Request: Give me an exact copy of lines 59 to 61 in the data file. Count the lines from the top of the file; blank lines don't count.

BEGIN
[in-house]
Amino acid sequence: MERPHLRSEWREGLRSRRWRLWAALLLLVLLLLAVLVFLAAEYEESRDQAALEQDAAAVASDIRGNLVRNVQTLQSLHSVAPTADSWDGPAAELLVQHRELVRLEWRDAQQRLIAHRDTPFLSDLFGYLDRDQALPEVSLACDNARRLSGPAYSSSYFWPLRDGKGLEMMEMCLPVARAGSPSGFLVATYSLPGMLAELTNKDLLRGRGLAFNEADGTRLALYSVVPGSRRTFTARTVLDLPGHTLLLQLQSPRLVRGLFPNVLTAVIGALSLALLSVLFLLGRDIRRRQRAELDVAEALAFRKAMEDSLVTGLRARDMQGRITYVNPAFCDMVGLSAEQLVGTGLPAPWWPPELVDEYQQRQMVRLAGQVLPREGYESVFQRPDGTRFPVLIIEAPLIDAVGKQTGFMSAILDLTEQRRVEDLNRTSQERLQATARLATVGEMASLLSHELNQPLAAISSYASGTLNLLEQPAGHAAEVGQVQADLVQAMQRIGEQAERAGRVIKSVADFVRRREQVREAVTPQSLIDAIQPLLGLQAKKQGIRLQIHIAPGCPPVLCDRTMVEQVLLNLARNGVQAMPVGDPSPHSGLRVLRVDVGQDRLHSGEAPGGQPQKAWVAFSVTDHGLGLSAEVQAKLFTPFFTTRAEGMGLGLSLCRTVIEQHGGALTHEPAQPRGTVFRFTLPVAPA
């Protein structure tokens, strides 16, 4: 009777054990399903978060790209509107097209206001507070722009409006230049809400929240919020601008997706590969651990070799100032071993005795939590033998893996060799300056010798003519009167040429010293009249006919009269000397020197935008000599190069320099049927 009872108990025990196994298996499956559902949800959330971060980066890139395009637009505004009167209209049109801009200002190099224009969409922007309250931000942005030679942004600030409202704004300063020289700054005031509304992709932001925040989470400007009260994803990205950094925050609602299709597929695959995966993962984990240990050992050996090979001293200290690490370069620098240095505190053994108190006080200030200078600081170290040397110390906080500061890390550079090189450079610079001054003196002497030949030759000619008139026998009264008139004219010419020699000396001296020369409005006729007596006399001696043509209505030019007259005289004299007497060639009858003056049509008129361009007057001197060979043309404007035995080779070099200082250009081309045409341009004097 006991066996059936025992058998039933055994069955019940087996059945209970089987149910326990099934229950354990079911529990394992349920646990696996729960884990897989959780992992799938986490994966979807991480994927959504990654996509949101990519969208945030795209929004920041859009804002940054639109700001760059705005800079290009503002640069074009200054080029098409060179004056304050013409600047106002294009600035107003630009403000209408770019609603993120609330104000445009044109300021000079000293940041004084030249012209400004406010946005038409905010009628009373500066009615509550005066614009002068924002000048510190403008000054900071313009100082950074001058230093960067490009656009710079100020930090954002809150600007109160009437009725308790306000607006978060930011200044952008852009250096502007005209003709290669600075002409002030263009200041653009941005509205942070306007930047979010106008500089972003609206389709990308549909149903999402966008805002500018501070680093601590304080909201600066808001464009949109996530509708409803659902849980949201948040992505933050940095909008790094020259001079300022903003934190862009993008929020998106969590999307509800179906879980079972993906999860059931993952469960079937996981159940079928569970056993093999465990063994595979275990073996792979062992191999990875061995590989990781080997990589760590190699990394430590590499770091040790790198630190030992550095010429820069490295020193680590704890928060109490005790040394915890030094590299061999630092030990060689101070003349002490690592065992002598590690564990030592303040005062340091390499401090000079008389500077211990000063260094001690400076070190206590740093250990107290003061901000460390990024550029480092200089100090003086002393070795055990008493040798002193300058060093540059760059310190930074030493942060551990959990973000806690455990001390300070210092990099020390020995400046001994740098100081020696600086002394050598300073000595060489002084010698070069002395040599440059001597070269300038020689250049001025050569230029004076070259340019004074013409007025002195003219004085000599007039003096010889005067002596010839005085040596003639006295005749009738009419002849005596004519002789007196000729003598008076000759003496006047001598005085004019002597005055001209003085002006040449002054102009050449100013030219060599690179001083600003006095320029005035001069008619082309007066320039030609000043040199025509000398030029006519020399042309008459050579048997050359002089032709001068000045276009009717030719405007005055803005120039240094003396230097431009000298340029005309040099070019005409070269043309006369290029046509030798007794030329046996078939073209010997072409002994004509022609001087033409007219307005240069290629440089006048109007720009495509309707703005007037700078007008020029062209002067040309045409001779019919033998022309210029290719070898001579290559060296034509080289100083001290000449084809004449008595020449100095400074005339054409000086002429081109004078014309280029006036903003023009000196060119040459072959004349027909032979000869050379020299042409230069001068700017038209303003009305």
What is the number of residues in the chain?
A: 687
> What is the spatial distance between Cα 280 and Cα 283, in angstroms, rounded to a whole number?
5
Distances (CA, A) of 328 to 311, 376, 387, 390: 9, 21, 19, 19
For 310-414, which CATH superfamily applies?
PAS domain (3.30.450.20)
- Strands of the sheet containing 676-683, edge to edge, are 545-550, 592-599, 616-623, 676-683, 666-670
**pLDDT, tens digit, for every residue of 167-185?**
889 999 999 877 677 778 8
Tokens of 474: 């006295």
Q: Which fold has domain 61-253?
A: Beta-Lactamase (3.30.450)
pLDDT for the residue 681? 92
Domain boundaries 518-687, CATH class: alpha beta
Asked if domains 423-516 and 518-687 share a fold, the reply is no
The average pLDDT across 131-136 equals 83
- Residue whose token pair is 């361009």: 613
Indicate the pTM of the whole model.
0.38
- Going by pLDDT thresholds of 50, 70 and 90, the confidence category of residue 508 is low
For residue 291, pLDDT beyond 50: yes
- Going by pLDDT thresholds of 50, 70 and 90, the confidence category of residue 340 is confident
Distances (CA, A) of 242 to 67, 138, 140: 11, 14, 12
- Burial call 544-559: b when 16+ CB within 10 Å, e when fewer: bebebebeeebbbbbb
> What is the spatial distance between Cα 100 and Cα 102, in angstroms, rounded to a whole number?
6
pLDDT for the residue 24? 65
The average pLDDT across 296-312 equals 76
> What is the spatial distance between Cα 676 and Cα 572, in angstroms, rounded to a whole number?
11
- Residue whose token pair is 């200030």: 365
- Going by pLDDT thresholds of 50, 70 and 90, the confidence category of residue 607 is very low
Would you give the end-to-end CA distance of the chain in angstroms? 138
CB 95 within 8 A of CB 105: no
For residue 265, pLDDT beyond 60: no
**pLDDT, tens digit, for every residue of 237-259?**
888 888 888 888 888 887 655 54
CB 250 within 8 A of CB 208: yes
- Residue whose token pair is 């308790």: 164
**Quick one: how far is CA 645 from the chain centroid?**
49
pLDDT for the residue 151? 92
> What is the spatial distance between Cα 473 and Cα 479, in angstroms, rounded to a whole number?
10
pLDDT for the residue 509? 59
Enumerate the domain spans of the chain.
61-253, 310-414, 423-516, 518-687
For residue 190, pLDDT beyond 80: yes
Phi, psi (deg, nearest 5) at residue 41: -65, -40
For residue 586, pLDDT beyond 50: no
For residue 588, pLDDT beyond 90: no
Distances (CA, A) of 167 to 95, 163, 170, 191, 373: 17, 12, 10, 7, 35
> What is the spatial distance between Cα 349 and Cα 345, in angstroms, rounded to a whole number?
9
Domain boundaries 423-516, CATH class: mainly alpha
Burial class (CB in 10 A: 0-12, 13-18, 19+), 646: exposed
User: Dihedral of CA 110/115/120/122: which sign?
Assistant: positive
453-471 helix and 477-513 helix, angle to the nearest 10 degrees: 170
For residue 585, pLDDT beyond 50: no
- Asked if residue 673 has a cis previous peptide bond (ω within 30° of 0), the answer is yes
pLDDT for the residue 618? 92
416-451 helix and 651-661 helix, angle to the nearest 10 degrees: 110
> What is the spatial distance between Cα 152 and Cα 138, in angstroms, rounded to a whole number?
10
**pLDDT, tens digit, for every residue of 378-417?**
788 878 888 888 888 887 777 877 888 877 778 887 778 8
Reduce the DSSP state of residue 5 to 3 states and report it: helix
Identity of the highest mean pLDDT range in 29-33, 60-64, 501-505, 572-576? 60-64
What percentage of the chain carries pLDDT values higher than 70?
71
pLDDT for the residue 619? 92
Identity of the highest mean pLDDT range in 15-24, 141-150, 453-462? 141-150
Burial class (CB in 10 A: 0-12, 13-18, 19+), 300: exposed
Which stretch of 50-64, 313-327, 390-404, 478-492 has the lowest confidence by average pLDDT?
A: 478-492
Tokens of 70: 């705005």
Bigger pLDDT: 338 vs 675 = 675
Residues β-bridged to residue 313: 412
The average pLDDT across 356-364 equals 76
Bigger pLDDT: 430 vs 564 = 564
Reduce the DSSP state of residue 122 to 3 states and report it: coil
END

Domain boundaries 423-516, CATH class: mainly alpha
Burial class (CB in 10 A: 0-12, 13-18, 19+), 646: exposed
User: Dihedral of CA 110/115/120/122: which sign?